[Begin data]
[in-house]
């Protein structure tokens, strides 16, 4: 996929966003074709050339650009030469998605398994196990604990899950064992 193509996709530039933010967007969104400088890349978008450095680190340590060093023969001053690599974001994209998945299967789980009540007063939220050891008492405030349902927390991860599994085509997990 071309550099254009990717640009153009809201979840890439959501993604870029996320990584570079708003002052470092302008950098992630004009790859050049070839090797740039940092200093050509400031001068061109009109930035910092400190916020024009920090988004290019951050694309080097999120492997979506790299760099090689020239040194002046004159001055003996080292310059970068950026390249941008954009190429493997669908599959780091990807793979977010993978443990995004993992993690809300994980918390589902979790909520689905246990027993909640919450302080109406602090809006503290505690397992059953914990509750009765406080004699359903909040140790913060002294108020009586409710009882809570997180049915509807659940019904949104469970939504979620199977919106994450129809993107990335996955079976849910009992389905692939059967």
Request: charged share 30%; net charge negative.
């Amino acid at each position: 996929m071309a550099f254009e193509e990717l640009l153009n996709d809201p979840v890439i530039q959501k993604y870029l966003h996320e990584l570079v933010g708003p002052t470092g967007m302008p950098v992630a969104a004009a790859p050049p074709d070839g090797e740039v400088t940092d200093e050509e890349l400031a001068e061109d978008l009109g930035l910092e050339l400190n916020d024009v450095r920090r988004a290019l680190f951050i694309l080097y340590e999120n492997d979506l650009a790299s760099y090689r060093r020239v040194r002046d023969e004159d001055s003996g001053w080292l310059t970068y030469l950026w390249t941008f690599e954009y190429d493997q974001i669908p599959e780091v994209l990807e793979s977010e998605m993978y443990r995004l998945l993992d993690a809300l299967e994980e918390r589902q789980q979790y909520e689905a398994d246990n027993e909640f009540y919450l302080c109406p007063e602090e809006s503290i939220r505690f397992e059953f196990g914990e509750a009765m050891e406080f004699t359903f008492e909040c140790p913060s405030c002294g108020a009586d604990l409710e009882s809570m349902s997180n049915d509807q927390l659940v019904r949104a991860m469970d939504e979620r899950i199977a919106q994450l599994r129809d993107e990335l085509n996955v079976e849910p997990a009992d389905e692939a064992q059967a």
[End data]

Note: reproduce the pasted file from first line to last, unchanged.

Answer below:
[in-house]
């Protein structure tokens, strides 16, 4: 996929966003074709050339650009030469998605398994196990604990899950064992 193509996709530039933010967007969104400088890349978008450095680190340590060093023969001053690599974001994209998945299967789980009540007063939220050891008492405030349902927390991860599994085509997990 071309550099254009990717640009153009809201979840890439959501993604870029996320990584570079708003002052470092302008950098992630004009790859050049070839090797740039940092200093050509400031001068061109009109930035910092400190916020024009920090988004290019951050694309080097999120492997979506790299760099090689020239040194002046004159001055003996080292310059970068950026390249941008954009190429493997669908599959780091990807793979977010993978443990995004993992993690809300994980918390589902979790909520689905246990027993909640919450302080109406602090809006503290505690397992059953914990509750009765406080004699359903909040140790913060002294108020009586409710009882809570997180049915509807659940019904949104469970939504979620199977919106994450129809993107990335996955079976849910009992389905692939059967």
Request: charged share 30%; net charge negative.
């Amino acid at each position: 996929m071309a550099f254009e193509e990717l640009l153009n996709d809201p979840v890439i530039q959501k993604y870029l966003h996320e990584l570079v933010g708003p002052t470092g967007m302008p950098v992630a969104a004009a790859p050049p074709d070839g090797e740039v400088t940092d200093e050509e890349l400031a001068e061109d978008l009109g930035l910092e050339l400190n916020d024009v450095r920090r988004a290019l680190f951050i694309l080097y340590e999120n492997d979506l650009a790299s760099y090689r060093r020239v040194r002046d023969e004159d001055s003996g001053w080292l310059t970068y030469l950026w390249t941008f690599e954009y190429d493997q974001i669908p599959e780091v994209l990807e793979s977010e998605m993978y443990r995004l998945l993992d993690a809300l299967e994980e918390r589902q789980q979790y909520e689905a398994d246990n027993e909640f009540y919450l302080c109406p007063e602090e809006s503290i939220r505690f397992e059953f196990g914990e509750a009765m050891e406080f004699t359903f008492e909040c140790p913060s405030c002294g108020a009586d604990l409710e009882s809570m349902s997180n049915d509807q927390l659940v019904r949104a991860m469970d939504e979620r899950i199977a919106q994450l599994r129809d993107e990335l085509n996955v079976e849910p997990a009992d389905e692939a064992q059967a």